I once believed it was my destiny to be a wife and mother. I’d be the best at both, a natural by virtue of the sheer quantity of good mothers and wives that I observed in fiction and reality alike. I saw and read about great mothers, doing mother things with ease and delight. But, I didn’t hear much about the loneliness of motherhood, the bone shaking doubt, the crippling fear of utter incompetence that accompanies caring for other human beings. The ache a mother feels at caring so deeply for her children. The feeling that I am simultaneously the most influential and the least competent person to tend to the needs of these tiny humans.
The list of hurts a mom is faced with managing is long. There are bees and nighttime terrors that coincide with an overwhelming need for sleep or just to be alone with my own thoughts. There are skinned knees and, worse, the pains that you can’t see, that you can’t measure because they are invisible and indeed so much more insidious. Heartbreaks, stomach aches, late night fears that keep you awake wondering if you’ve made a huge mistake. Sure I try my best, even in the tired moments, but it seldom feels adequate. And there are no real breaks.
There are good times, to be sure. They are frequently more plentiful than the trying times. There’s laughter and joy. And there are mundane, average Tuesdays where everyone just floats along, lunches get made in peace and dogs sleep quietly and dishes get put away without nagging. There are moments that reach in and grab your soul because you could just burst with pride and elation over the beautiful human being you contributed to creating and raising. Sometimes I feel as though my heart will break with delight because I see in my daughters a reflection of the parts of me that are decent and pure. And the special bond we get because of what we have been through together. The pains and triumphs that are ours alone to understand, glue us tightly together.
But the real kick you in the teeth pain bee sting in your ear slap in the face of Mother’s Day is that I thought it would be a partnership. This day is a reminder that I thought I was standing in one line, signing up for a specific class, agreeing to a particular arrangement, and I was not. Like so many women, in so many circumstances, we are left alone on the heavy end of the see saw. We stopped playing man to man defense, or even zone defense and realized the rest of the team had already left on the bus.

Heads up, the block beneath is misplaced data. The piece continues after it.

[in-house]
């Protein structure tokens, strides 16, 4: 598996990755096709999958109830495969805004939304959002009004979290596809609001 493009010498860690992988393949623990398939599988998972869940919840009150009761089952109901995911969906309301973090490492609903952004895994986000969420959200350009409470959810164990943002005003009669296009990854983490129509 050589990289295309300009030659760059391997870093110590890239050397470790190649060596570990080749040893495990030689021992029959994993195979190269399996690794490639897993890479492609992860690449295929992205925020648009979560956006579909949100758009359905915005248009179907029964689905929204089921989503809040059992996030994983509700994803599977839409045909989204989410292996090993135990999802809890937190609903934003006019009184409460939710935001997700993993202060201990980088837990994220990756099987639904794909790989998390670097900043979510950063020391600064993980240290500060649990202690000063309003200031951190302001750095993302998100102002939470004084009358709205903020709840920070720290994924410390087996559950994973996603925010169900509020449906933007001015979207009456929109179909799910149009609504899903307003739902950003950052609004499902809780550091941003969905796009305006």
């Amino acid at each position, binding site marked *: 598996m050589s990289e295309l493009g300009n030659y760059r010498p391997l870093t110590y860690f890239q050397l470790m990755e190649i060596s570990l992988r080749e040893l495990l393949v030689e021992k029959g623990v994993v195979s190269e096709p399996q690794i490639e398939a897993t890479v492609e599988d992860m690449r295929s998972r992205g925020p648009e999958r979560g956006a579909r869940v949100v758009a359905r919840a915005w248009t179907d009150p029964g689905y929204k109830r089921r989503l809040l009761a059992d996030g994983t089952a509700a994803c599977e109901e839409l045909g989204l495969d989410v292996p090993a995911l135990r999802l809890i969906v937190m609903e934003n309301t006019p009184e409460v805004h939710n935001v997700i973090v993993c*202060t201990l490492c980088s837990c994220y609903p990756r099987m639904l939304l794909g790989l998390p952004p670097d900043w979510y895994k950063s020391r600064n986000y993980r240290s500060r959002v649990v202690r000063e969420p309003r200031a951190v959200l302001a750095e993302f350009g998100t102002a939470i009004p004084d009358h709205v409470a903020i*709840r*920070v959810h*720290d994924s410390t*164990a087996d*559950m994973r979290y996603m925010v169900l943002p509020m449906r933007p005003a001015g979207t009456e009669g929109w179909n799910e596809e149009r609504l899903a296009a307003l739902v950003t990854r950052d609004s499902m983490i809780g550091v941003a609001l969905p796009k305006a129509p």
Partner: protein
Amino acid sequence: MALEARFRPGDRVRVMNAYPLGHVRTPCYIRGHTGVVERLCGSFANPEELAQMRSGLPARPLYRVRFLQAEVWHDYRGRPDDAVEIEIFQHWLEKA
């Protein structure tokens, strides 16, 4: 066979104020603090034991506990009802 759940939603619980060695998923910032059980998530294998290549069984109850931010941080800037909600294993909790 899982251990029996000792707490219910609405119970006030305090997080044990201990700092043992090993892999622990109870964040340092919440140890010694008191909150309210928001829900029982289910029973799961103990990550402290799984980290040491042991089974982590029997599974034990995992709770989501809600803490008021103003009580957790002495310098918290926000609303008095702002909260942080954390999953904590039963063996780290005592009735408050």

I admit, there is a village around my daughters and I. People who care for us in amazing and selfless ways, people without whom the ship would sink for sure. And that makes me more fortunate than some. It offers an advantage which I cannot fathom being without. Because even with help, it is the hardest challenge I have ever endured. Because in the deepest part of the night, when I am weary from the days and weeks, when one of my daughters comes to me with a broken heart and I reach deep down and try to find an answer that will satisfy her, will heal up her wound and at the same time allow me to go back to my own tumultuous mind. Because no one else can be there for that or can even really assure me that I’ve done the best I can. Because it is the loneliest job I will ever both love and doubt. For these reasons, I wish there was no yearly reminder that I am a mother.
It’s the loneliness that kills me. And the self doubt. It’s the quiet, though disgruntled, inner voice that suggests that the universe has made a terrible error in allowing me to be the sole caretaker for the minds, bodies and souls of these tremendous human beings. Most days, I feel like barely more than an adolescent myself. And the sheer irony that I’m managing all of this alone, is the cherry on top of a macabre sundae. Just because I planned on doing this as a team is not a way out.
As always, I’m thankful for the little things, the little victories, and the big support we get from our community. I’m thankful for inside jokes and love notes, and unsolicited thank yous. I thankful for an understanding partner who walks home in the early morning hours to make room for sleepy interlopers. I am thankful to friends who send lovely supportive words. But mostly, I am thankful that tomorrow there are 364 days until Mother’s Day.

I don’t like wine spritzers

I don’t like wine spritzers